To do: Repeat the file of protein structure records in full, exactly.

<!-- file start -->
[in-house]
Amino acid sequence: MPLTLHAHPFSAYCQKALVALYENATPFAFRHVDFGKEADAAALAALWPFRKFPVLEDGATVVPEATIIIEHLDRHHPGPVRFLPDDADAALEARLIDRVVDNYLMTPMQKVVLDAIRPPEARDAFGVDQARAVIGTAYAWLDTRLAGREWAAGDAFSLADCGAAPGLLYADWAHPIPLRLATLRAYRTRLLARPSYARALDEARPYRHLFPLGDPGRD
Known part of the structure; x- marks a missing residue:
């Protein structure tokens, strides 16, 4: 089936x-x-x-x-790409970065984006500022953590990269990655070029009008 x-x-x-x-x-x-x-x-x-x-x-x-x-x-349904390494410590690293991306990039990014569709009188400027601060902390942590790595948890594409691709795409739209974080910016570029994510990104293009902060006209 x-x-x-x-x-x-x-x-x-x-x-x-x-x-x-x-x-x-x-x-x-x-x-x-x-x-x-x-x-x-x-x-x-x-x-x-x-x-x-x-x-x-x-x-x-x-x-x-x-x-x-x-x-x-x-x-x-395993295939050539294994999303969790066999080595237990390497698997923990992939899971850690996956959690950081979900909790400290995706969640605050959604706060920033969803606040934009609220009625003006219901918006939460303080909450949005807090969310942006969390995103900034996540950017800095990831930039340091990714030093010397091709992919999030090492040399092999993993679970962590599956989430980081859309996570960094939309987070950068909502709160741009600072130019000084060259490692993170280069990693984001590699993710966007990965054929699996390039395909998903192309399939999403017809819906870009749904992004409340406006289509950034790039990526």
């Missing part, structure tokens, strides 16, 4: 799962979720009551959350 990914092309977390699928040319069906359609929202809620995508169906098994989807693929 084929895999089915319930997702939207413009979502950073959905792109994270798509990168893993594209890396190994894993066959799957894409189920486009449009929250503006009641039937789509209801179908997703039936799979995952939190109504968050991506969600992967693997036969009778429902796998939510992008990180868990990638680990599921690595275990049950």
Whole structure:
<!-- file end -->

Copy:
[in-house]
Amino acid sequence: MPLTLHAHPFSAYCQKALVALYENATPFAFRHVDFGKEADAAALAALWPFRKFPVLEDGATVVPEATIIIEHLDRHHPGPVRFLPDDADAALEARLIDRVVDNYLMTPMQKVVLDAIRPPEARDAFGVDQARAVIGTAYAWLDTRLAGREWAAGDAFSLADCGAAPGLLYADWAHPIPLRLATLRAYRTRLLARPSYARALDEARPYRHLFPLGDPGRD
Known part of the structure; x- marks a missing residue:
């Protein structure tokens, strides 16, 4: 089936x-x-x-x-790409970065984006500022953590990269990655070029009008 x-x-x-x-x-x-x-x-x-x-x-x-x-x-349904390494410590690293991306990039990014569709009188400027601060902390942590790595948890594409691709795409739209974080910016570029994510990104293009902060006209 x-x-x-x-x-x-x-x-x-x-x-x-x-x-x-x-x-x-x-x-x-x-x-x-x-x-x-x-x-x-x-x-x-x-x-x-x-x-x-x-x-x-x-x-x-x-x-x-x-x-x-x-x-x-x-x-x-395993295939050539294994999303969790066999080595237990390497698997923990992939899971850690996956959690950081979900909790400290995706969640605050959604706060920033969803606040934009609220009625003006219901918006939460303080909450949005807090969310942006969390995103900034996540950017800095990831930039340091990714030093010397091709992919999030090492040399092999993993679970962590599956989430980081859309996570960094939309987070950068909502709160741009600072130019000084060259490692993170280069990693984001590699993710966007990965054929699996390039395909998903192309399939999403017809819906870009749904992004409340406006289509950034790039990526």
């Missing part, structure tokens, strides 16, 4: 799962979720009551959350 990914092309977390699928040319069906359609929202809620995508169906098994989807693929 084929895999089915319930997702939207413009979502950073959905792109994270798509990168893993594209890396190994894993066959799957894409189920486009449009929250503006009641039937789509209801179908997703039936799979995952939190109504968050991506969600992967693997036969009778429902796998939510992008990180868990990638680990599921690595275990049950």
Whole structure: